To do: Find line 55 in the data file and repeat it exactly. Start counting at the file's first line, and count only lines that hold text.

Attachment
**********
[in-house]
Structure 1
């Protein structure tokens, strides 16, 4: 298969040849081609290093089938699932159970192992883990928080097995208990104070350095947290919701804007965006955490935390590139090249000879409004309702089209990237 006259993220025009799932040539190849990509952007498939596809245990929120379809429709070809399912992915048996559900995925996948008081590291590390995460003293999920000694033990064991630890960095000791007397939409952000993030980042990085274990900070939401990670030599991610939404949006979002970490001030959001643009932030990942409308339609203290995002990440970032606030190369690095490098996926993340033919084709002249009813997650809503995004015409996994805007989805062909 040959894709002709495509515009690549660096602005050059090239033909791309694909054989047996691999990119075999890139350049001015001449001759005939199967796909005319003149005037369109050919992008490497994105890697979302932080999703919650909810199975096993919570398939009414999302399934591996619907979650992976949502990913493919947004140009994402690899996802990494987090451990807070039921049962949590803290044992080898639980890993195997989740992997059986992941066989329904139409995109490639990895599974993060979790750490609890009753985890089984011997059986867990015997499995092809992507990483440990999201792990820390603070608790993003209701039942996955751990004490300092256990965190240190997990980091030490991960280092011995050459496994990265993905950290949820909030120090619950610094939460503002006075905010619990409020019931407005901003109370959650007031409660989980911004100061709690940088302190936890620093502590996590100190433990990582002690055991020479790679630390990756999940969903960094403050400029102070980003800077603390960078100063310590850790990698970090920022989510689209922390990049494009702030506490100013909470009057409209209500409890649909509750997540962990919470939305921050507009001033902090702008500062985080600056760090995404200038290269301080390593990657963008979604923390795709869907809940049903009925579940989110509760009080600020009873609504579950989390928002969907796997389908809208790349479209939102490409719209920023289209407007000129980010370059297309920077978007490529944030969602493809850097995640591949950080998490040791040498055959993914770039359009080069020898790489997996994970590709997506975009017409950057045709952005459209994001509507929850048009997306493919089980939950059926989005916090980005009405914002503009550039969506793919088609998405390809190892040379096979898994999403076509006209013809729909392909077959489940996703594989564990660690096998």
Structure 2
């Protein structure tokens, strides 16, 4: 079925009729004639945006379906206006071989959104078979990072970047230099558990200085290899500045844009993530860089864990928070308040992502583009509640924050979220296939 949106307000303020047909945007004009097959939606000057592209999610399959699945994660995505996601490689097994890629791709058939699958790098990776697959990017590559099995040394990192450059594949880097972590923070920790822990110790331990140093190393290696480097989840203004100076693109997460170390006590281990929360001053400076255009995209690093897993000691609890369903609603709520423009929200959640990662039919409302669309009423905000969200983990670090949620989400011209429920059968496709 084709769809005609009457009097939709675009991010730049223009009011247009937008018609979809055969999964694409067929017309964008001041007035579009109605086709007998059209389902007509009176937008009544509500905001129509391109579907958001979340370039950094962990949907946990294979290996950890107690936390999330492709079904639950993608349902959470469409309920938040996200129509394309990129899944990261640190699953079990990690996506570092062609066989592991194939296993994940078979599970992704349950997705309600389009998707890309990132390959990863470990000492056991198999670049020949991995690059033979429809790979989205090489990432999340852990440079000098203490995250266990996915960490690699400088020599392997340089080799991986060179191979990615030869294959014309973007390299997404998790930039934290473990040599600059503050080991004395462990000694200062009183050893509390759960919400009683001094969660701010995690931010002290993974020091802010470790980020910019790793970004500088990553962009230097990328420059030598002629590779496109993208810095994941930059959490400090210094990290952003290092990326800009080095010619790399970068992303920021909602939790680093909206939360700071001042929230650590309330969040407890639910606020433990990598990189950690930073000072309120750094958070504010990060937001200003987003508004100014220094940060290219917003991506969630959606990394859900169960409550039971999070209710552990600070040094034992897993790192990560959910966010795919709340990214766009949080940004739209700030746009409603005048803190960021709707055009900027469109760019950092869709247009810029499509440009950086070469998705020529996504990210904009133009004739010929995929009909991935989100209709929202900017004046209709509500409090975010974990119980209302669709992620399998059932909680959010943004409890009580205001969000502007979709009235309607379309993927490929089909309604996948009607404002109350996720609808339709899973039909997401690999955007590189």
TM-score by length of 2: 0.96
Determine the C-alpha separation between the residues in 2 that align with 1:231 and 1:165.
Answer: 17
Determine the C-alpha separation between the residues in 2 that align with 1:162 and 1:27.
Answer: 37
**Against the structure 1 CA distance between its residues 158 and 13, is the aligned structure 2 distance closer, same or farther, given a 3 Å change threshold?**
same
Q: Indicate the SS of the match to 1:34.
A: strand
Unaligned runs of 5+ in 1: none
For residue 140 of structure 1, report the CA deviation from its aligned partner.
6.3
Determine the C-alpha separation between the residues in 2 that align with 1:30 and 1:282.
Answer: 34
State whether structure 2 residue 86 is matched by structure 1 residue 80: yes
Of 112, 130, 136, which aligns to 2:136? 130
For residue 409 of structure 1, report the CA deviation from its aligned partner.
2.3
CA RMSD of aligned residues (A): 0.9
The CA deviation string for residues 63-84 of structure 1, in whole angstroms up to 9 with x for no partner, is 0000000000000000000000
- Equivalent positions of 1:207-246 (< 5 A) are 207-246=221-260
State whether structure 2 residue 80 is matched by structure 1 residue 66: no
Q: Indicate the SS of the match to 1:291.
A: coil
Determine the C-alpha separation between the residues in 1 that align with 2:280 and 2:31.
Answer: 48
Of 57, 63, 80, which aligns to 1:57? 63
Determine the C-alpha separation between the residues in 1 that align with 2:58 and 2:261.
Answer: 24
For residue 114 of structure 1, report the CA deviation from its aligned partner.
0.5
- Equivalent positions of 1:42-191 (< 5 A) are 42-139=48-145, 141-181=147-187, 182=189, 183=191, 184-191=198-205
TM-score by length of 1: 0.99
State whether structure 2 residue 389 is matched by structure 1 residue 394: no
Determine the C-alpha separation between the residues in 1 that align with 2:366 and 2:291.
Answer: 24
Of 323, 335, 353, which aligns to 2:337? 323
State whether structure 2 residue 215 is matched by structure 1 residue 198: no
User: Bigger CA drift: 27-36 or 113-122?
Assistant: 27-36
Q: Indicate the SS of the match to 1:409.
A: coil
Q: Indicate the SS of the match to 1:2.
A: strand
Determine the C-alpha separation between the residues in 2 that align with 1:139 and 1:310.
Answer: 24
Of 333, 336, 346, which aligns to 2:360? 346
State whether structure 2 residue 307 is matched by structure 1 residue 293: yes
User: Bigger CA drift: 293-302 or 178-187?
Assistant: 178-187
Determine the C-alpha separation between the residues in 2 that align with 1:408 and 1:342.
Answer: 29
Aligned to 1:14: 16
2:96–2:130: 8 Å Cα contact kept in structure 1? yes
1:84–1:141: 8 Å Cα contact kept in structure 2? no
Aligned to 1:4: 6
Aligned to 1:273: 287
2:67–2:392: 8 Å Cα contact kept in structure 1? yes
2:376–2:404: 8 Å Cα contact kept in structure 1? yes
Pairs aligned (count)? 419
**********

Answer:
Assistant: 178-187